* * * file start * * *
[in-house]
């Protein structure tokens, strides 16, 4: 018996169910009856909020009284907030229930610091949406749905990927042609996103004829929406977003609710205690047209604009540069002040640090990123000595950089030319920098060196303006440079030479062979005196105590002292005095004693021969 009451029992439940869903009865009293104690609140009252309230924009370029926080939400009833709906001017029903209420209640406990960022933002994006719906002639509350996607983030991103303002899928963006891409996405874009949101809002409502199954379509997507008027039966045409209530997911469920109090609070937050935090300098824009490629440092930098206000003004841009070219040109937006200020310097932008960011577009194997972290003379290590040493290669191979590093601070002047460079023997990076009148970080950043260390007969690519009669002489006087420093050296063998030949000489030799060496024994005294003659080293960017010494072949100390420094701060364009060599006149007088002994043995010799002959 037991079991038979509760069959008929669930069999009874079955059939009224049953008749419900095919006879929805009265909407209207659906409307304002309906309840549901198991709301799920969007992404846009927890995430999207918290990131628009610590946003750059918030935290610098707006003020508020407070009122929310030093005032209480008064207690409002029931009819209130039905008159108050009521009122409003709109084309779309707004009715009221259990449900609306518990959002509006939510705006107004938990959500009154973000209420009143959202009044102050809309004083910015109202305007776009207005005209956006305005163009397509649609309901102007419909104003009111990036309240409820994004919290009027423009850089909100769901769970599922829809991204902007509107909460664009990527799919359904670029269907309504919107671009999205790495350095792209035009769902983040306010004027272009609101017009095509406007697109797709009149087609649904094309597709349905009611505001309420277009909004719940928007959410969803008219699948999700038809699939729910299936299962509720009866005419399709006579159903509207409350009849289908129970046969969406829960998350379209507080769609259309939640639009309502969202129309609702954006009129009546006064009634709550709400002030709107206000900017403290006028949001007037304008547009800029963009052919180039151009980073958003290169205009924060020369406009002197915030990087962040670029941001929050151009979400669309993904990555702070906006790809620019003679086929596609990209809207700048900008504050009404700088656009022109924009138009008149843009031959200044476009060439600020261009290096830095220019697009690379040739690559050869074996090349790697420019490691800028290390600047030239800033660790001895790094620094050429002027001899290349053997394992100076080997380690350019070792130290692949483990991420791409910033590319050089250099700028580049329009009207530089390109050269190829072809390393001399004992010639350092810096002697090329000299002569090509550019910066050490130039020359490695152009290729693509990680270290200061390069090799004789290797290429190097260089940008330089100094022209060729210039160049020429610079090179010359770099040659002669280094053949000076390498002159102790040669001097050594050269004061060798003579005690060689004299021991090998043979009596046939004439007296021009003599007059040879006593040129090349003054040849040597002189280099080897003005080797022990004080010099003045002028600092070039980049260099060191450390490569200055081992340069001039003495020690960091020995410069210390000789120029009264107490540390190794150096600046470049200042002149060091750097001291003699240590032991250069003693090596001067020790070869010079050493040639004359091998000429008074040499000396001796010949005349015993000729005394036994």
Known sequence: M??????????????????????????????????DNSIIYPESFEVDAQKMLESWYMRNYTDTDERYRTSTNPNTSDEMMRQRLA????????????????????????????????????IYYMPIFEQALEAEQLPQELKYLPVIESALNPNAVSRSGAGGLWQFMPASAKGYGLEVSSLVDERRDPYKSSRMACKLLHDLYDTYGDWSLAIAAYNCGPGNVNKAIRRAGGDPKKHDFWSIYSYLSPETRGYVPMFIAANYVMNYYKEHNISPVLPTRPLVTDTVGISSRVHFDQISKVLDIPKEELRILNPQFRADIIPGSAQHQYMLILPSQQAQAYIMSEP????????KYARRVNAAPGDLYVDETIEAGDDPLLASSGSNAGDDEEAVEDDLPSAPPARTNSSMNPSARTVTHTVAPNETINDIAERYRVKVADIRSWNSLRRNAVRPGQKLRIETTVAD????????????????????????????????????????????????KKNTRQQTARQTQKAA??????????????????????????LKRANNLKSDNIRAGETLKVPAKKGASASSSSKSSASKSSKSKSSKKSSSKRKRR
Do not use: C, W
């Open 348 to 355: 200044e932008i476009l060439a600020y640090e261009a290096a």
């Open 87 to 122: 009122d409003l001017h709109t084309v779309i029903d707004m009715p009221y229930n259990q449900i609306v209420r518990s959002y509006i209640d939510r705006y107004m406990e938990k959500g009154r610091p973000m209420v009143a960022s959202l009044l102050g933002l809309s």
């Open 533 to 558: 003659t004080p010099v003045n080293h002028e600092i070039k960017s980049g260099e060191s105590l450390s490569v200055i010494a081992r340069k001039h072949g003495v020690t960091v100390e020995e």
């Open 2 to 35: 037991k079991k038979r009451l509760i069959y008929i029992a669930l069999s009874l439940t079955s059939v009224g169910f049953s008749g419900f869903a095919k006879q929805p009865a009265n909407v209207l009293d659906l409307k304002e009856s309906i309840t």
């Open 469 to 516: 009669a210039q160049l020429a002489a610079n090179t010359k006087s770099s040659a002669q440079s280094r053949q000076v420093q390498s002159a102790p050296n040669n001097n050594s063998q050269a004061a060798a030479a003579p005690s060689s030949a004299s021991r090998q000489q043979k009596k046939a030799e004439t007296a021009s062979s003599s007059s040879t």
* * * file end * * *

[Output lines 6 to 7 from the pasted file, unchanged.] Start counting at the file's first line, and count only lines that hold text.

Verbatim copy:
């Open 87 to 122: 009122d409003l001017h709109t084309v779309i029903d707004m009715p009221y229930n259990q449900i609306v209420r518990s959002y509006i209640d939510r705006y107004m406990e938990k959500g009154r610091p973000m209420v009143a960022s959202l009044l102050g933002l809309s």
């Open 533 to 558: 003659t004080p010099v003045n080293h002028e600092i070039k960017s980049g260099e060191s105590l450390s490569v200055i010494a081992r340069k001039h072949g003495v020690t960091v100390e020995e």